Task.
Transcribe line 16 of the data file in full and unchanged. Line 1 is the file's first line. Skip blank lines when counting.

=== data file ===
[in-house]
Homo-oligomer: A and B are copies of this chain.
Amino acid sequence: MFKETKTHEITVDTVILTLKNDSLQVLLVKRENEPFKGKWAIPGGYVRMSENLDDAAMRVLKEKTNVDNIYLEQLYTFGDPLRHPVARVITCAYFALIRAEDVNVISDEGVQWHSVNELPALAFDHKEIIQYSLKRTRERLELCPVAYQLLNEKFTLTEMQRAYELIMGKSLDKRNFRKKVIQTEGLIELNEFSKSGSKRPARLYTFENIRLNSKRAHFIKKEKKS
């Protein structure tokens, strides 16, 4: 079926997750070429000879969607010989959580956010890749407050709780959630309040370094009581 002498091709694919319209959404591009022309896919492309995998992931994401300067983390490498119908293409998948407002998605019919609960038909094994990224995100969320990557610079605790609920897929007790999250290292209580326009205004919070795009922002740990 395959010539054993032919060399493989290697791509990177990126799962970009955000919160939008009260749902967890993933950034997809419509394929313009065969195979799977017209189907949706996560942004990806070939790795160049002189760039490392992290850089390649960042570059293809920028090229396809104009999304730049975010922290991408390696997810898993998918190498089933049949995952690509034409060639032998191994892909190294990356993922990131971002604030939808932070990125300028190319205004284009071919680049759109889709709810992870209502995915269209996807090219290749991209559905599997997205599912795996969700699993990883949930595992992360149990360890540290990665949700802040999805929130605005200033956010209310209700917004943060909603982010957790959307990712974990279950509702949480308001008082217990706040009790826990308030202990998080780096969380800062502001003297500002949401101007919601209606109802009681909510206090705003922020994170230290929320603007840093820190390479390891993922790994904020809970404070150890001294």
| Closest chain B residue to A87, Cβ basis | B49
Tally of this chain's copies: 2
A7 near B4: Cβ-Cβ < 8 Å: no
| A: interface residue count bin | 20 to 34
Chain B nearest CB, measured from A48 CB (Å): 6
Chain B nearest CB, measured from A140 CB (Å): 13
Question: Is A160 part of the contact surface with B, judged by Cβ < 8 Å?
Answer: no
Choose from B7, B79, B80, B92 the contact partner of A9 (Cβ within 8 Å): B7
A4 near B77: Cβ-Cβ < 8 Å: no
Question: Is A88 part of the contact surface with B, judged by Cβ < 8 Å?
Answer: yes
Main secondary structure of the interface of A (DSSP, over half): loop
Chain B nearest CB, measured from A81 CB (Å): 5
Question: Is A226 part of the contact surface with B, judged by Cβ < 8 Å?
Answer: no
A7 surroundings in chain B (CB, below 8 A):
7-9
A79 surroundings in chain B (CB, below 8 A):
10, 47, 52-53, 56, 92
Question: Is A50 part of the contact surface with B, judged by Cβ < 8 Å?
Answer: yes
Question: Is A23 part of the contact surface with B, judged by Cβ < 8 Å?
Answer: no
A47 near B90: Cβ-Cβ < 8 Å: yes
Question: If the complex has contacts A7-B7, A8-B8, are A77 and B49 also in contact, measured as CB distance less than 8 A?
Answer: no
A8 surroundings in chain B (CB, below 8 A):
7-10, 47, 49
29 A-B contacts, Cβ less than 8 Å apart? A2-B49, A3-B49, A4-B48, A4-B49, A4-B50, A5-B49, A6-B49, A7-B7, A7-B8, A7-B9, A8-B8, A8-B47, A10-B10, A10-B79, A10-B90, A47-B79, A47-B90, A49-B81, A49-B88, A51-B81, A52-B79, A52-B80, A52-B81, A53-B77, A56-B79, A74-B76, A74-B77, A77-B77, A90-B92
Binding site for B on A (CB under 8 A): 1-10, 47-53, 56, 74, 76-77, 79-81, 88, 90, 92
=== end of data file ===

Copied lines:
Answer: yes